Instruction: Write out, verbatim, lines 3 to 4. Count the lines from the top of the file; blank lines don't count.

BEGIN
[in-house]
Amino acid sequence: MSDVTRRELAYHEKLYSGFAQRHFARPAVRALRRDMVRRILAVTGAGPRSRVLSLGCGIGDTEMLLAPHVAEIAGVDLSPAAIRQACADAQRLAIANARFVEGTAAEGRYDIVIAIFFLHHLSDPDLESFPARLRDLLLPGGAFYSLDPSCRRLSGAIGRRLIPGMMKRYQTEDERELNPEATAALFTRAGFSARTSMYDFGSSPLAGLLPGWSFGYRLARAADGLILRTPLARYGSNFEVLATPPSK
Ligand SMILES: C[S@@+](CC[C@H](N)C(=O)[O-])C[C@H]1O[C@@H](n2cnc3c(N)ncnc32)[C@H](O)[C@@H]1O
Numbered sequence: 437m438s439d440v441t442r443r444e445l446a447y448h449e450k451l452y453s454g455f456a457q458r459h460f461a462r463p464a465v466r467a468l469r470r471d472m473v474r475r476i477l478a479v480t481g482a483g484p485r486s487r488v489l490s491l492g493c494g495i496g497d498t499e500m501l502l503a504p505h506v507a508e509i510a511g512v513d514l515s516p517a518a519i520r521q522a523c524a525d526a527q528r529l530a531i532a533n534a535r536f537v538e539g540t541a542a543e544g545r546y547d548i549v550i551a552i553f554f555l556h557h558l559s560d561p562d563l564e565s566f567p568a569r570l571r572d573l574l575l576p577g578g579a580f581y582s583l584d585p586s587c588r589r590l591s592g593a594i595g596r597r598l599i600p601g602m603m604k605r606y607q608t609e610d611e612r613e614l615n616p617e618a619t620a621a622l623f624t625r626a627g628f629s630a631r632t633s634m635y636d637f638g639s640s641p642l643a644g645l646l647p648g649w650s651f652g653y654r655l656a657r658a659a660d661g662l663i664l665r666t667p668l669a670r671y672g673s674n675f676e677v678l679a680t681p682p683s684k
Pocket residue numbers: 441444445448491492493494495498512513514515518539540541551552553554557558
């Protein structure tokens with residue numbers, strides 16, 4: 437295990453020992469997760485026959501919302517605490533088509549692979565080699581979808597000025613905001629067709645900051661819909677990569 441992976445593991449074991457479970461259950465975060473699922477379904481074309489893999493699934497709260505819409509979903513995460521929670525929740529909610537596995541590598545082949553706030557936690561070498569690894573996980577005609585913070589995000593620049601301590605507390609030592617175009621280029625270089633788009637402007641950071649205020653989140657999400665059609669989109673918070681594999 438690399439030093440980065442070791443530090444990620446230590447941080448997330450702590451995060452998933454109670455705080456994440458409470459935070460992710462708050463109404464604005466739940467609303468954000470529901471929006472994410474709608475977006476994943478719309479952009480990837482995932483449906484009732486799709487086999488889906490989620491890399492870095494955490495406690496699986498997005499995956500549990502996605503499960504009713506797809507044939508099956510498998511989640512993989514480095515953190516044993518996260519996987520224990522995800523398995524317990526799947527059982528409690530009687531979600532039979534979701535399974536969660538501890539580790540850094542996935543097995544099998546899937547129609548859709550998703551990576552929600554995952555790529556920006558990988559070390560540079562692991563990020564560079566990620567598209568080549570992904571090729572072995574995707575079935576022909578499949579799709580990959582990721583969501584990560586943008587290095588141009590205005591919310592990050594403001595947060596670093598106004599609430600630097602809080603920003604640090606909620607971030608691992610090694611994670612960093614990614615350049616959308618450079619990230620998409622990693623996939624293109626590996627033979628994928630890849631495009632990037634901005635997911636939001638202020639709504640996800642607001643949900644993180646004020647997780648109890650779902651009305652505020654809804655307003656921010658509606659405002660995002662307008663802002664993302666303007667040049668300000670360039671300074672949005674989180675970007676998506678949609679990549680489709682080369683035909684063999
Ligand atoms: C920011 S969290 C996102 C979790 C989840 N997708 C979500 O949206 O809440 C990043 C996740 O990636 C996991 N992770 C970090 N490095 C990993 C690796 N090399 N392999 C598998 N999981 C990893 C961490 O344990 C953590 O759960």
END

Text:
Ligand SMILES: C[S@@+](CC[C@H](N)C(=O)[O-])C[C@H]1O[C@@H](n2cnc3c(N)ncnc32)[C@H](O)[C@@H]1O
Numbered sequence: 437m438s439d440v441t442r443r444e445l446a447y448h449e450k451l452y453s454g455f456a457q458r459h460f461a462r463p464a465v466r467a468l469r470r471d472m473v474r475r476i477l478a479v480t481g482a483g484p485r486s487r488v489l490s491l492g493c494g495i496g497d498t499e500m501l502l503a504p505h506v507a508e509i510a511g512v513d514l515s516p517a518a519i520r521q522a523c524a525d526a527q528r529l530a531i532a533n534a535r536f537v538e539g540t541a542a543e544g545r546y547d548i549v550i551a552i553f554f555l556h557h558l559s560d561p562d563l564e565s566f567p568a569r570l571r572d573l574l575l576p577g578g579a580f581y582s583l584d585p586s587c588r589r590l591s592g593a594i595g596r597r598l599i600p601g602m603m604k605r606y607q608t609e610d611e612r613e614l615n616p617e618a619t620a621a622l623f624t625r626a627g628f629s630a631r632t633s634m635y636d637f638g639s640s641p642l643a644g645l646l647p648g649w650s651f652g653y654r655l656a657r658a659a660d661g662l663i664l665r666t667p668l669a670r671y672g673s674n675f676e677v678l679a680t681p682p683s684k